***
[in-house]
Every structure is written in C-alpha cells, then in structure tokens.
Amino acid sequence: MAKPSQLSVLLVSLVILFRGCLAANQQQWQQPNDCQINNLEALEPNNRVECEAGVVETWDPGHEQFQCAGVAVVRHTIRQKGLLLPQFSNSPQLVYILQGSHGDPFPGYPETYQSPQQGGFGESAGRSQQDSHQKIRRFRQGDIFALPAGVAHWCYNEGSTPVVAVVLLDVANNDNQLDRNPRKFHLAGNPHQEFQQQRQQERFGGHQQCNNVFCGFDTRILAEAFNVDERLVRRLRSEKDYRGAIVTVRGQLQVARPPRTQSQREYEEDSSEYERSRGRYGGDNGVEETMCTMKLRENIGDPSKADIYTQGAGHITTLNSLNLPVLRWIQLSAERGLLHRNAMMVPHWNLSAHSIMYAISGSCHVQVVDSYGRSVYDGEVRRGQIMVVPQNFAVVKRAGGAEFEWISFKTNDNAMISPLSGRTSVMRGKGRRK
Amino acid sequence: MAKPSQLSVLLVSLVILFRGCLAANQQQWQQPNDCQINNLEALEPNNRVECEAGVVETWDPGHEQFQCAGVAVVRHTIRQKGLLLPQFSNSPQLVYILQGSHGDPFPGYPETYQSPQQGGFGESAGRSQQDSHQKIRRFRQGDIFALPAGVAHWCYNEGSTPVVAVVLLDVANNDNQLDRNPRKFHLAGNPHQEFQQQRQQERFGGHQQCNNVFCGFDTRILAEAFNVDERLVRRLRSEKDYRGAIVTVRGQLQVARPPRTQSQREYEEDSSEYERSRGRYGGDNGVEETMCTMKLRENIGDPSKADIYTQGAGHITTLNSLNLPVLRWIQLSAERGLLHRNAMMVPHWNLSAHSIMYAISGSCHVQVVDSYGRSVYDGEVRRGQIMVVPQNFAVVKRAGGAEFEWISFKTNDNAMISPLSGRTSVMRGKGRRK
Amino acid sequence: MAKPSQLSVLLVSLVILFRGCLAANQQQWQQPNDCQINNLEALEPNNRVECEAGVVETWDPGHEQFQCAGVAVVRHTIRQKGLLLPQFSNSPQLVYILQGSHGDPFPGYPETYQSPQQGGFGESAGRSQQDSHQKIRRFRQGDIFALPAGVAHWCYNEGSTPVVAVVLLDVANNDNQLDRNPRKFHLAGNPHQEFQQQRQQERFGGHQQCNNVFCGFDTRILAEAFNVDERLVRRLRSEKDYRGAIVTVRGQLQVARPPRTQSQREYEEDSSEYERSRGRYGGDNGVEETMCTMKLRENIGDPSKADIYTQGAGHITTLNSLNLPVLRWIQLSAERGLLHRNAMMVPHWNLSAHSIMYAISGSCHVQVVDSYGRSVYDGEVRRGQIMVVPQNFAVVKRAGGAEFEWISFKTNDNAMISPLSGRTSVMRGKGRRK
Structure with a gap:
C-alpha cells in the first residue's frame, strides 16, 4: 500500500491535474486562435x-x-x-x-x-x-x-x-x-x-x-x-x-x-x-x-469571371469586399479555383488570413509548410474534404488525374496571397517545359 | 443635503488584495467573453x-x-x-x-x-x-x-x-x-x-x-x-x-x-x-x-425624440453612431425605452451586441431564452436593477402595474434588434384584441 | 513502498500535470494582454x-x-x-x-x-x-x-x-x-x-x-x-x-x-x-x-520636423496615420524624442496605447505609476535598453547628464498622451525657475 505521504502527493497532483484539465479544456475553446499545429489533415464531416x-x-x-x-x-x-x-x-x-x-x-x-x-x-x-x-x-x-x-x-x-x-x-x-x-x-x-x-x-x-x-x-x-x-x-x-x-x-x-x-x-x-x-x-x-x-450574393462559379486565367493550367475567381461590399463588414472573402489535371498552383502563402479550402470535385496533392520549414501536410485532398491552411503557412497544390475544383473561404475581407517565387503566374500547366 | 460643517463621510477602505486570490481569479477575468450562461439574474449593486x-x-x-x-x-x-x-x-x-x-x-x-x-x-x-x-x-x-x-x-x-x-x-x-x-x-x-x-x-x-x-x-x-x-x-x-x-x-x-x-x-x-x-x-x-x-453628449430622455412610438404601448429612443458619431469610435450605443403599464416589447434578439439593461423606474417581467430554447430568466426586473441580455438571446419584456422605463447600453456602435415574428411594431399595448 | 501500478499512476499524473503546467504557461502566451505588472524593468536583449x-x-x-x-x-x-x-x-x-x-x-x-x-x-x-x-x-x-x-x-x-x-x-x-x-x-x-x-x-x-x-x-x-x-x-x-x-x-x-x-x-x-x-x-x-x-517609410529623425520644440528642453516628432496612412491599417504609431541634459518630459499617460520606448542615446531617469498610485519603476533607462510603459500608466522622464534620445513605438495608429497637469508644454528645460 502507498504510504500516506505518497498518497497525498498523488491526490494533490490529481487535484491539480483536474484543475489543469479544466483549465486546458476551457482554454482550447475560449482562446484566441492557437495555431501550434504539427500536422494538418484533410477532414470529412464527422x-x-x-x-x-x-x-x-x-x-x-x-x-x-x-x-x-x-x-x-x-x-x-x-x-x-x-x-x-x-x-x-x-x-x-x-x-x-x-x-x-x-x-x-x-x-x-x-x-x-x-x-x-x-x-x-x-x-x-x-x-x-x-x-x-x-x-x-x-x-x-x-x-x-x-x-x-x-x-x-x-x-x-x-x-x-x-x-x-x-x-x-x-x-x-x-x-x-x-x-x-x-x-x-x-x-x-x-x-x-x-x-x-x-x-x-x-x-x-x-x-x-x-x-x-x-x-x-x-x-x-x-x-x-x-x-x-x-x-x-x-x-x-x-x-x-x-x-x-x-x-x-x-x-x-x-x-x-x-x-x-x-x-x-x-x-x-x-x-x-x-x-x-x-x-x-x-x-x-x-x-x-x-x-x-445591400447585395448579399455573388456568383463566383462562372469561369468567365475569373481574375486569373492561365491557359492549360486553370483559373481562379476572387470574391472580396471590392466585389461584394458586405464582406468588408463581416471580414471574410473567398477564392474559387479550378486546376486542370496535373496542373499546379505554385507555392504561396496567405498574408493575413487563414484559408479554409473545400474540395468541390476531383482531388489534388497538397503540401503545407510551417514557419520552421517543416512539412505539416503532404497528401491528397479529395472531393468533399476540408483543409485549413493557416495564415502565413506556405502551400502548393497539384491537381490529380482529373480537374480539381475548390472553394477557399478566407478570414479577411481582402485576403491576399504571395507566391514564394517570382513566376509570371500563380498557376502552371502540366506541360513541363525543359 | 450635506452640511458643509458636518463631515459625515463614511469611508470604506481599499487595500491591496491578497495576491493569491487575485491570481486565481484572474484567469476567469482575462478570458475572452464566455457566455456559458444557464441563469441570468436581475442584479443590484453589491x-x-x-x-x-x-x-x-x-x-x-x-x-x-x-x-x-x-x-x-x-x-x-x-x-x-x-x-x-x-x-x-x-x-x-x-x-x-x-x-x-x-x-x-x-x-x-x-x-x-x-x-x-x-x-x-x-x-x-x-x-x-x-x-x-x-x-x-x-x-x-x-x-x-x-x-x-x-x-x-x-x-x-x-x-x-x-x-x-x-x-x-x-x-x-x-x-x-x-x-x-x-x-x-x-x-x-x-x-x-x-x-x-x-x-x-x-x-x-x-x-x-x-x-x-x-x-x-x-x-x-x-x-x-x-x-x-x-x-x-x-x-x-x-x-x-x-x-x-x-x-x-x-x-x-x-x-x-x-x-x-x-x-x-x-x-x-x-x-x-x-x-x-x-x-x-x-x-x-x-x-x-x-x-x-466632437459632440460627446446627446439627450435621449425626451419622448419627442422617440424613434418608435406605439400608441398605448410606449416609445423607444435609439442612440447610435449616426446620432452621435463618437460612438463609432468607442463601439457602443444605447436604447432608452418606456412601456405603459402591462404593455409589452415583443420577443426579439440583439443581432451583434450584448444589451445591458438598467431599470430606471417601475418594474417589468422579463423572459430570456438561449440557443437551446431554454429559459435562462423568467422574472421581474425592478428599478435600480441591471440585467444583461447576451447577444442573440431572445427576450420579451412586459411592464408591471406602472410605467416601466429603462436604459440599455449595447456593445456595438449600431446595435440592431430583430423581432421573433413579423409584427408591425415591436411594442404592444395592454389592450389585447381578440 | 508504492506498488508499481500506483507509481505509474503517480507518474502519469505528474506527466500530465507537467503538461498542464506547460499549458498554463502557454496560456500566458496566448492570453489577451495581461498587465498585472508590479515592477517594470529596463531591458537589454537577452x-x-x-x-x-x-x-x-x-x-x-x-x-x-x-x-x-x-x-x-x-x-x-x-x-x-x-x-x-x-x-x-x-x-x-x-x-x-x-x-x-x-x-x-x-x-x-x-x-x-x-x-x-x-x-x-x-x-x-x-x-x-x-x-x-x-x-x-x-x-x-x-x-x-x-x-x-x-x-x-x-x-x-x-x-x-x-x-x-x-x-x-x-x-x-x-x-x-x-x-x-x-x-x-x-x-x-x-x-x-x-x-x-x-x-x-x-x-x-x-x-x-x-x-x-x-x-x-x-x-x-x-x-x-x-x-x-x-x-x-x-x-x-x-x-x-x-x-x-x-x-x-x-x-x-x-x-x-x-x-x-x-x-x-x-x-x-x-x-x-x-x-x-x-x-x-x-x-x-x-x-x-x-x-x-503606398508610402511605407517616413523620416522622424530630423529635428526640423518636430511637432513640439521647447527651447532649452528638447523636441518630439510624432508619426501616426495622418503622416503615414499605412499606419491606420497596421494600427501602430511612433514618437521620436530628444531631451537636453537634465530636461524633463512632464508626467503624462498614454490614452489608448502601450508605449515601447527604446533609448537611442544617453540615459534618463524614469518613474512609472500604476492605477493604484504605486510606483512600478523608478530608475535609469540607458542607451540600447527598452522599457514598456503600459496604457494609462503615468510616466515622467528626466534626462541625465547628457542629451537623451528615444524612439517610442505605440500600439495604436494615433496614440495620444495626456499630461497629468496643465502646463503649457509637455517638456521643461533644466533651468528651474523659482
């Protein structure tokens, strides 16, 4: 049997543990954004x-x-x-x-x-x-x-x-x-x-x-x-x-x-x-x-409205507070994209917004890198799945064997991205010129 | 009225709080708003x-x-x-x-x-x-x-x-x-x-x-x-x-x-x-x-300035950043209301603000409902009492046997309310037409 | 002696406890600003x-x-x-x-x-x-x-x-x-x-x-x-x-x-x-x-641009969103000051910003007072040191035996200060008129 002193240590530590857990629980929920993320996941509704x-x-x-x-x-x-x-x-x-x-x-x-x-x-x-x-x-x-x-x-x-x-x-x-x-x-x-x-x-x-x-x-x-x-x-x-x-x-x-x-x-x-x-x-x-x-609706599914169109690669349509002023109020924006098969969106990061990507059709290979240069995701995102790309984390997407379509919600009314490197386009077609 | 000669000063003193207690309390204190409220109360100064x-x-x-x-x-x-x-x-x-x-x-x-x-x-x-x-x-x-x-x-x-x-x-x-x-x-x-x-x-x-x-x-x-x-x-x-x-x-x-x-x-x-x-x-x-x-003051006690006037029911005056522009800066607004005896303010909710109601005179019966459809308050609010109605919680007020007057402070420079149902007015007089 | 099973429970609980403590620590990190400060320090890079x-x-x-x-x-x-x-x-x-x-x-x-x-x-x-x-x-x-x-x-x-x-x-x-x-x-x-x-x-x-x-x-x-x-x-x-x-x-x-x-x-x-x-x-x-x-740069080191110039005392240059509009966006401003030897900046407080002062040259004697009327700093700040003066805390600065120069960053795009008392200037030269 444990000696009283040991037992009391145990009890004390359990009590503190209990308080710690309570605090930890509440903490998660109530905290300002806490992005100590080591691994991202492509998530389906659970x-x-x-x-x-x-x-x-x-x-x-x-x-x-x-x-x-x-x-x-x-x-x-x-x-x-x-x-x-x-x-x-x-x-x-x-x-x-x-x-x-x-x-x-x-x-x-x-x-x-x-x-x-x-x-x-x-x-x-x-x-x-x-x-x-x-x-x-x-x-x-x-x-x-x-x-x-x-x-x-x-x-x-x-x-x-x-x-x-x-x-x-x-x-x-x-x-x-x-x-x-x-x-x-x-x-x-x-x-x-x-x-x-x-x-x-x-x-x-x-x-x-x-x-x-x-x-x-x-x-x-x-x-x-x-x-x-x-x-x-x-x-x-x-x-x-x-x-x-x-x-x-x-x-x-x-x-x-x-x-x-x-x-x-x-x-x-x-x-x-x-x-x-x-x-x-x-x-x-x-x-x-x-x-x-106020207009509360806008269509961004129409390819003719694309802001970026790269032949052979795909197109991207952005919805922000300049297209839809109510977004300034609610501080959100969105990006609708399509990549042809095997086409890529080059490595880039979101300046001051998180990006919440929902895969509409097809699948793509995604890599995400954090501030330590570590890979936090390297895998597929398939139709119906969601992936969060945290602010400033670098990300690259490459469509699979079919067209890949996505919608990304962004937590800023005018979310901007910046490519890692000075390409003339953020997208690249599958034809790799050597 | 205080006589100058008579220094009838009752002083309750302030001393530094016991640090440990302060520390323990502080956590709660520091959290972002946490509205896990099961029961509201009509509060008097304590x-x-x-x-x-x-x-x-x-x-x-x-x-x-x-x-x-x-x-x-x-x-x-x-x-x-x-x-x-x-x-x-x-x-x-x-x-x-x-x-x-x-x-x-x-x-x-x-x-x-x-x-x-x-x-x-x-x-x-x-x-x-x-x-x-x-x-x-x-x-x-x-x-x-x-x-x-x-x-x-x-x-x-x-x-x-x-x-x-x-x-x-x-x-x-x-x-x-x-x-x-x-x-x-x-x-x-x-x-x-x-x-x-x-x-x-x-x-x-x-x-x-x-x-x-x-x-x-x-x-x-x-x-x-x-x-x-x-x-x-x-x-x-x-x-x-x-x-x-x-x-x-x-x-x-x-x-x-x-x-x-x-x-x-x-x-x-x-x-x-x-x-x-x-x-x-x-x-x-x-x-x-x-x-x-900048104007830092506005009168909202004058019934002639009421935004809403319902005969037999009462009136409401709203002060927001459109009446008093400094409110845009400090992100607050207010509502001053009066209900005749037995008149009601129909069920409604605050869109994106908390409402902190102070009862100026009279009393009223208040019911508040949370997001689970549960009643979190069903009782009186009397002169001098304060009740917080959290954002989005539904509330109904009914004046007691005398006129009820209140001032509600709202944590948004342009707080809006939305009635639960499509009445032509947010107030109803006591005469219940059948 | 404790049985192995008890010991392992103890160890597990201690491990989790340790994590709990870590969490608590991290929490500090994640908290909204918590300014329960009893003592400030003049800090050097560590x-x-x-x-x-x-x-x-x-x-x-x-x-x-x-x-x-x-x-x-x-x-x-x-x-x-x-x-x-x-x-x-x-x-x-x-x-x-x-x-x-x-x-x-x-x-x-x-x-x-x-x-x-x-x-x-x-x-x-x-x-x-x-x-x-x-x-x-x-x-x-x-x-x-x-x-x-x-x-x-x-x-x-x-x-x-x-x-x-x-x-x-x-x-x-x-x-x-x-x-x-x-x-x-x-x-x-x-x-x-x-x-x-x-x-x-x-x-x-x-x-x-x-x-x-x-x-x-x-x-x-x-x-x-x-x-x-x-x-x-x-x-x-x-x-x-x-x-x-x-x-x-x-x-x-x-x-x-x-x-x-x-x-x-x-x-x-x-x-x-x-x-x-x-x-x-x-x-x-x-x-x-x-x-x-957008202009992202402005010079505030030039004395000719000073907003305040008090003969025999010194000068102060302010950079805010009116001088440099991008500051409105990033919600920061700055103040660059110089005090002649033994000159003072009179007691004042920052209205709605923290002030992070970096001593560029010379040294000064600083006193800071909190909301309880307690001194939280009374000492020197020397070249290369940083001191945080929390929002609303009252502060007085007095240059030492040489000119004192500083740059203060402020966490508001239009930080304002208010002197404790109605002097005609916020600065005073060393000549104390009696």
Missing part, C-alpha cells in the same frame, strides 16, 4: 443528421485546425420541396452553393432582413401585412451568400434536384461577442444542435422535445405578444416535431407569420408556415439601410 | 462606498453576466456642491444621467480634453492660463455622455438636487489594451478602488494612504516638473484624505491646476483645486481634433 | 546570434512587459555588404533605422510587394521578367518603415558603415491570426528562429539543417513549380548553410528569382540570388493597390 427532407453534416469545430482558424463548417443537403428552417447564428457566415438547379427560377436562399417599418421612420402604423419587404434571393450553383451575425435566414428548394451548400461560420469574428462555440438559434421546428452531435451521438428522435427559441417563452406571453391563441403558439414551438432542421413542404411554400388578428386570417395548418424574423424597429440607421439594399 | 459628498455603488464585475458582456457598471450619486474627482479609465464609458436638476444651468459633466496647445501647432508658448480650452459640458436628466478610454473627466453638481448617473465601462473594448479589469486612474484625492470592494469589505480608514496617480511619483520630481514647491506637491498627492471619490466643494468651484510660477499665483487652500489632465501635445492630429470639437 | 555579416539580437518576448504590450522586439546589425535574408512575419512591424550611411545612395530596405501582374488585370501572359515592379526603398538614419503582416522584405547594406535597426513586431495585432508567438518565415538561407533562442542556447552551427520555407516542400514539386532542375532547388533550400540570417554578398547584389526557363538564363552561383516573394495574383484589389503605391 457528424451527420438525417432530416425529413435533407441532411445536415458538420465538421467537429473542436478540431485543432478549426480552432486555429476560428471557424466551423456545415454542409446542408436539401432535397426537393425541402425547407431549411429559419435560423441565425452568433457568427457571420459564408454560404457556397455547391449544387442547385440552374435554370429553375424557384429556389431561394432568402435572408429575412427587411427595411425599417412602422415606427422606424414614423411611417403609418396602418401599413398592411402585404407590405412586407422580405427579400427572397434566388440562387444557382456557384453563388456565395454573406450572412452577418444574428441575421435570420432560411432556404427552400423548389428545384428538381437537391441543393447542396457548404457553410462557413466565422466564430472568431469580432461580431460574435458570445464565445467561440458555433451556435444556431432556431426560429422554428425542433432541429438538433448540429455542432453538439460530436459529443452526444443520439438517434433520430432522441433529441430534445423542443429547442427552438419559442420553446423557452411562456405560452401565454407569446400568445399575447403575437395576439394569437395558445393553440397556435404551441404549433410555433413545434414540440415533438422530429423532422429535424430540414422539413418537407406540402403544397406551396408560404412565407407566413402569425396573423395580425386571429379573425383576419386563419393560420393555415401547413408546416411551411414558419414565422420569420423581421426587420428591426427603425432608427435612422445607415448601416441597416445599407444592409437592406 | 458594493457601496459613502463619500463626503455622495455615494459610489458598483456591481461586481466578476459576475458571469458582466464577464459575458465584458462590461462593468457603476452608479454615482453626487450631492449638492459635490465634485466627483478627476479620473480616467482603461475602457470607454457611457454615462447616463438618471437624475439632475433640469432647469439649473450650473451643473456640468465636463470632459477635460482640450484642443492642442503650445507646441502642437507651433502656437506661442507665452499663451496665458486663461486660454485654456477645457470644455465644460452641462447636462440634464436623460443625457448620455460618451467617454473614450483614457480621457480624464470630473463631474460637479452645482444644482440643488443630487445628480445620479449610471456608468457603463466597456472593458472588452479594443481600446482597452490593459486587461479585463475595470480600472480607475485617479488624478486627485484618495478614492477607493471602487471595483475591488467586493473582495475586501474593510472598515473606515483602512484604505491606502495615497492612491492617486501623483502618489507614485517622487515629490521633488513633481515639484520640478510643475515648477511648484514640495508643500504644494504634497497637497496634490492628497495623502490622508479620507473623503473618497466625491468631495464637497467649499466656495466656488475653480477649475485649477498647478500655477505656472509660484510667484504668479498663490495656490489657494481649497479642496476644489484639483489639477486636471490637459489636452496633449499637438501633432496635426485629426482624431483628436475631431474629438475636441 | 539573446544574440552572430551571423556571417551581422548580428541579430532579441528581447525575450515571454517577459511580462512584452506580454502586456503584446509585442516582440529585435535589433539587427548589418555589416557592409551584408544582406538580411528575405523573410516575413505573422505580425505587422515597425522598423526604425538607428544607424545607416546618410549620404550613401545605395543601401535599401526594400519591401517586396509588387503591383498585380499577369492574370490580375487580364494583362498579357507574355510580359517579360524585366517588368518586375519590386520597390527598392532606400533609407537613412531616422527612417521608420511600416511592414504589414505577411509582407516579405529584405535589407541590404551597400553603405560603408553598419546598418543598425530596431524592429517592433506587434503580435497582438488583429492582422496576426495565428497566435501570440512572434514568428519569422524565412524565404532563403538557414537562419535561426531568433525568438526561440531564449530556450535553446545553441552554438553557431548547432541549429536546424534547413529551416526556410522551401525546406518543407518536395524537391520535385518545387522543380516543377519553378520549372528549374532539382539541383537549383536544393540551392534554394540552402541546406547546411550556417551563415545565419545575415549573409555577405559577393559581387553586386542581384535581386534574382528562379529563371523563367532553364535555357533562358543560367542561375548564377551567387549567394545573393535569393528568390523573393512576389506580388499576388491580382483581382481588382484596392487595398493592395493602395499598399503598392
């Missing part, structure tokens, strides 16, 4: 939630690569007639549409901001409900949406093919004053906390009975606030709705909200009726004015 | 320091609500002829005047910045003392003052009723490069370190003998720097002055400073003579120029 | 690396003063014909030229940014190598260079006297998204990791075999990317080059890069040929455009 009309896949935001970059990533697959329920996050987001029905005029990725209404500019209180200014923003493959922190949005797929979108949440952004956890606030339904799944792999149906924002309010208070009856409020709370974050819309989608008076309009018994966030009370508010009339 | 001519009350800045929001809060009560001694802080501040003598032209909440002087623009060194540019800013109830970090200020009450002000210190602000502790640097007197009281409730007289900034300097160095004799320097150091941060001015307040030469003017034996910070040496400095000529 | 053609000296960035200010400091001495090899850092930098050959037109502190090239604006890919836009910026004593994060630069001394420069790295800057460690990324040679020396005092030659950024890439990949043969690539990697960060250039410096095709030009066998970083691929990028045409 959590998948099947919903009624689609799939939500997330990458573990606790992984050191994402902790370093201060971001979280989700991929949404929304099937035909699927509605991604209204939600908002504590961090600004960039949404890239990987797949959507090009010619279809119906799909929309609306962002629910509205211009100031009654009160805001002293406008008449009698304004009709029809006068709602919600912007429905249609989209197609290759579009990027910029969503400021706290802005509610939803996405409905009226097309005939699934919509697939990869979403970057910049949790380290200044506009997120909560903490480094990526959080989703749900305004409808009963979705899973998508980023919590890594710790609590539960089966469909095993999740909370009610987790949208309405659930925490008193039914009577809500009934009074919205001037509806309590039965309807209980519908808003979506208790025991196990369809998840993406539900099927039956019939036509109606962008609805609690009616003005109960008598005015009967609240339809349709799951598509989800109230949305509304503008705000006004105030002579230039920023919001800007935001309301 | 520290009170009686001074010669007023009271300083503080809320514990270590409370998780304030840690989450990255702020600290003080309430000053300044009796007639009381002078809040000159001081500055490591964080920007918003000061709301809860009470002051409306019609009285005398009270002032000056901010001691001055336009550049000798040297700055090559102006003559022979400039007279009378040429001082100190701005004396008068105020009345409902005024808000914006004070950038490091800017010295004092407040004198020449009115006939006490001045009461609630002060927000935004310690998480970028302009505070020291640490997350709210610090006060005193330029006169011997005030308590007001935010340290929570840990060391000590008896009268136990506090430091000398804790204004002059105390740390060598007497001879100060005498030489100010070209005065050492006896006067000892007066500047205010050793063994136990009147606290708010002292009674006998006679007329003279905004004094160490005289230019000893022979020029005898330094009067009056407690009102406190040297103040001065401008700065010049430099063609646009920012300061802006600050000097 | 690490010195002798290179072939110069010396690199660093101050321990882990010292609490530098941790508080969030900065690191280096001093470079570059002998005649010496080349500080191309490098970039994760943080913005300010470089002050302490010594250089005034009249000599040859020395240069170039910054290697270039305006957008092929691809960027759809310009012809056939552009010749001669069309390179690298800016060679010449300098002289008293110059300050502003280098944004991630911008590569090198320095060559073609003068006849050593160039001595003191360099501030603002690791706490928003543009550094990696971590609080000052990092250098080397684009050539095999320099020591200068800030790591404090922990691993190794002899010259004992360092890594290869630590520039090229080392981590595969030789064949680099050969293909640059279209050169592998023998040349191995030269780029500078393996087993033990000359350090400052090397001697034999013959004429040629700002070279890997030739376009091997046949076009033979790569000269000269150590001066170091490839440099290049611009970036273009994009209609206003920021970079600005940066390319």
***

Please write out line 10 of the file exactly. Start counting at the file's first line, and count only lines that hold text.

């Missing part, structure tokens, strides 16, 4: 939630690569007639549409901001409900949406093919004053906390009975606030709705909200009726004015 | 320091609500002829005047910045003392003052009723490069370190003998720097002055400073003579120029 | 690396003063014909030229940014190598260079006297998204990791075999990317080059890069040929455009 009309896949935001970059990533697959329920996050987001029905005029990725209404500019209180200014923003493959922190949005797929979108949440952004956890606030339904799944792999149906924002309010208070009856409020709370974050819309989608008076309009018994966030009370508010009339 | 001519009350800045929001809060009560001694802080501040003598032209909440002087623009060194540019800013109830970090200020009450002000210190602000502790640097007197009281409730007289900034300097160095004799320097150091941060001015307040030469003017034996910070040496400095000529 | 053609000296960035200010400091001495090899850092930098050959037109502190090239604006890919836009910026004593994060630069001394420069790295800057460690990324040679020396005092030659950024890439990949043969690539990697960060250039410096095709030009066998970083691929990028045409 959590998948099947919903009624689609799939939500997330990458573990606790992984050191994402902790370093201060971001979280989700991929949404929304099937035909699927509605991604209204939600908002504590961090600004960039949404890239990987797949959507090009010619279809119906799909929309609306962002629910509205211009100031009654009160805001002293406008008449009698304004009709029809006068709602919600912007429905249609989209197609290759579009990027910029969503400021706290802005509610939803996405409905009226097309005939699934919509697939990869979403970057910049949790380290200044506009997120909560903490480094990526959080989703749900305004409808009963979705899973998508980023919590890594710790609590539960089966469909095993999740909370009610987790949208309405659930925490008193039914009577809500009934009074919205001037509806309590039965309807209980519908808003979506208790025991196990369809998840993406539900099927039956019939036509109606962008609805609690009616003005109960008598005015009967609240339809349709799951598509989800109230949305509304503008705000006004105030002579230039920023919001800007935001309301 | 520290009170009686001074010669007023009271300083503080809320514990270590409370998780304030840690989450990255702020600290003080309430000053300044009796007639009381002078809040000159001081500055490591964080920007918003000061709301809860009470002051409306019609009285005398009270002032000056901010001691001055336009550049000798040297700055090559102006003559022979400039007279009378040429001082100190701005004396008068105020009345409902005024808000914006004070950038490091800017010295004092407040004198020449009115006939006490001045009461609630002060927000935004310690998480970028302009505070020291640490997350709210610090006060005193330029006169011997005030308590007001935010340290929570840990060391000590008896009268136990506090430091000398804790204004002059105390740390060598007497001879100060005498030489100010070209005065050492006896006067000892007066500047205010050793063994136990009147606290708010002292009674006998006679007329003279905004004094160490005289230019000893022979020029005898330094009067009056407690009102406190040297103040001065401008700065010049430099063609646009920012300061802006600050000097 | 690490010195002798290179072939110069010396690199660093101050321990882990010292609490530098941790508080969030900065690191280096001093470079570059002998005649010496080349500080191309490098970039994760943080913005300010470089002050302490010594250089005034009249000599040859020395240069170039910054290697270039305006957008092929691809960027759809310009012809056939552009010749001669069309390179690298800016060679010449300098002289008293110059300050502003280098944004991630911008590569090198320095060559073609003068006849050593160039001595003191360099501030603002690791706490928003543009550094990696971590609080000052990092250098080397684009050539095999320099020591200068800030790591404090922990691993190794002899010259004992360092890594290869630590520039090229080392981590595969030789064949680099050969293909640059279209050169592998023998040349191995030269780029500078393996087993033990000359350090400052090397001697034999013959004429040629700002070279890997030739376009091997046949076009033979790569000269000269150590001066170091490839440099290049611009970036273009994009209609206003920021970079600005940066390319």